Background: The management of mitral regurgitation (MR) is challenging - patients may be asymptomatic, oligosymptomatic, older with comorbidities, or clinically symptomatic and not appropriate for surgery. The current review assesses morbidity, mortality, and risk factors associated with functional and organic MR, with a focus on severe MR. Methods: A structured literature review was conducted in MEDLINE, Embase, the Cochrane Library, and via hand-searching of conference proceedings. Prospective randomised controlled trials and observational studies including adult patients with MR reporting on treatment response rates, survival, time-to-treatment failure, quality of life, and adverse events were eligible for inclusion. Results: In total, 32 publications met the inclusion criteria (9 in functional, 18 in organic, and 5 in functional/organic). Despite study heterogeneity, an increased risk of mortality and morbidity was observed which increased with MR severity. Risk factors associated with mortality and morbidity included advancing age, presence of atrial fibrillation, increasing effective regurgitant orifice, ejection fraction, left ventricle end systolic diameter, diabetes, and increasing New York Heart Association class. Conclusions: The current review represents one of the most comprehensive conducted in the medical/conservative management of MR. An increased risk of mortality and morbidity, which appeared to rise with greater severity, was associated with MR (versus no MR). An unmet need exists in the management of patients with severe symptomatic MR and a high surgical risk as they have a poor prognosis and limited treatment options. Further research into alternative medical strategies and patient management is needed to improve prognoses and reduce mortality and morbidity.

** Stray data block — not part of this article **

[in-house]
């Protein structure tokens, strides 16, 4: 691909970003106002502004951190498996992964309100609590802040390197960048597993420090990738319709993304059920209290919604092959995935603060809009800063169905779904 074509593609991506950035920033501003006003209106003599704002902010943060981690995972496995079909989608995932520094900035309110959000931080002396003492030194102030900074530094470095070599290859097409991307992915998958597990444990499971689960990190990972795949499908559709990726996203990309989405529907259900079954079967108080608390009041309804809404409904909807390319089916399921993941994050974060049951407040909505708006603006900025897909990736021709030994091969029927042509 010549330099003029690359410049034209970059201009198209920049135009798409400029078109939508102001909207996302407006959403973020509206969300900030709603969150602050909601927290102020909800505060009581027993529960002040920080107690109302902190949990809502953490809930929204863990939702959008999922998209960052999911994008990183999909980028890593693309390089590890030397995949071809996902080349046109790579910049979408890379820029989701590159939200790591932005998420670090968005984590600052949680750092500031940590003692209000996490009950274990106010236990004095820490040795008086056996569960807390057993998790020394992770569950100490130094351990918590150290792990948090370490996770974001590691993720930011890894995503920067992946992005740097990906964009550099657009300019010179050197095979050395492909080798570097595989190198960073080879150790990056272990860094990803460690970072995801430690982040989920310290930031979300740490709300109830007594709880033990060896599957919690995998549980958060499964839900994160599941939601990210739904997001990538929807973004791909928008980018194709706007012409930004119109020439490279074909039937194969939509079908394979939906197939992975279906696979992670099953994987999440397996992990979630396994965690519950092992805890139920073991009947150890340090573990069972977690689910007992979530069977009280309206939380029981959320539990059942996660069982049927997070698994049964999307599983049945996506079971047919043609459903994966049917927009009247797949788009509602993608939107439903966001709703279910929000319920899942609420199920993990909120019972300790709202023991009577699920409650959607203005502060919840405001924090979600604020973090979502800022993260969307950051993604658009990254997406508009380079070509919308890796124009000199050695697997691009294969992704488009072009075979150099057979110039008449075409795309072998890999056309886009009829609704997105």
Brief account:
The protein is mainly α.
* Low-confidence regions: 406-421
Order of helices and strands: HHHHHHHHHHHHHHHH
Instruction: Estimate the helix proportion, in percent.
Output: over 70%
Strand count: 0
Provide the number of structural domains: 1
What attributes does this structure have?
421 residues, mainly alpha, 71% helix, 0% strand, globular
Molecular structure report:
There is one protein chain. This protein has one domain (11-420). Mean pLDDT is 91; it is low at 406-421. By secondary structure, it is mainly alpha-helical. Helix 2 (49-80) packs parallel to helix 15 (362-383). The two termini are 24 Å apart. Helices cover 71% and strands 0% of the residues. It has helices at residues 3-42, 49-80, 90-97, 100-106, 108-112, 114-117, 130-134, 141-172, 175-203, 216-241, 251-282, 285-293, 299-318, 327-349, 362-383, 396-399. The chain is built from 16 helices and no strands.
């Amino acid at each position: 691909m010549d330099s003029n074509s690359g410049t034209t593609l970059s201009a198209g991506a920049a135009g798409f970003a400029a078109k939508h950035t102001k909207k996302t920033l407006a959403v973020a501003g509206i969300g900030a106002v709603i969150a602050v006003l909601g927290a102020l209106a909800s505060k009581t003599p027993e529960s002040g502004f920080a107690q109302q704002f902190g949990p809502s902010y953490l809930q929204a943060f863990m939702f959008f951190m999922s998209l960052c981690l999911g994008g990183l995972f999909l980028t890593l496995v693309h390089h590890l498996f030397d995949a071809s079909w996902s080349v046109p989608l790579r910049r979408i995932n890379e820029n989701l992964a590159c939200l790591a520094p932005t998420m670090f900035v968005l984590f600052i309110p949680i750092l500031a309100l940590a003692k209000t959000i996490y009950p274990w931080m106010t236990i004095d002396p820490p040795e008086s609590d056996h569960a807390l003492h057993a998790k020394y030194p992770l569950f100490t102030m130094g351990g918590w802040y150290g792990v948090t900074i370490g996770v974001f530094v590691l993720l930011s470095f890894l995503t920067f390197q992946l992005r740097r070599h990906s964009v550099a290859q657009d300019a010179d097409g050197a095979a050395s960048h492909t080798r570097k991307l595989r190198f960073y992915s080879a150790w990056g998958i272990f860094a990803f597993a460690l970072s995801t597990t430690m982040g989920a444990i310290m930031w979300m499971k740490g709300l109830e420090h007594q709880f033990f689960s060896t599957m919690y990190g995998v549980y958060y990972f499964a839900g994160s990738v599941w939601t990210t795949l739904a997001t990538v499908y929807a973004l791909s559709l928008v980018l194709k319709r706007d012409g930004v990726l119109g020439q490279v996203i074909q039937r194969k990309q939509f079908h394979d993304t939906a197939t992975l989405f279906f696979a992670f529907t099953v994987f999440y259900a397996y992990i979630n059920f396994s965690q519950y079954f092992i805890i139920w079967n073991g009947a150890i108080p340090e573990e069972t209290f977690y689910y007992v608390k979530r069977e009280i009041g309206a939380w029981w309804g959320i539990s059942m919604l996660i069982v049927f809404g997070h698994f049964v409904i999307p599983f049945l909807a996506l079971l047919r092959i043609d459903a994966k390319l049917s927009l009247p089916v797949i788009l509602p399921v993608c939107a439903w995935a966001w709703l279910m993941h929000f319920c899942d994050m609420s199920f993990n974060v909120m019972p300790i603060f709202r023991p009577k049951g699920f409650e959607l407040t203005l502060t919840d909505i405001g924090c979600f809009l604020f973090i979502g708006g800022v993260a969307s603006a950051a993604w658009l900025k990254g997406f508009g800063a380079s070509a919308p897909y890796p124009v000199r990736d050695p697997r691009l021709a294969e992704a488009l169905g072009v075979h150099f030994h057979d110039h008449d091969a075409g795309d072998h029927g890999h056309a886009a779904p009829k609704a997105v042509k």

- Mitral regurgitation
ASJC Scopus subject areas
- Cardiology and Cardiovascular Medicine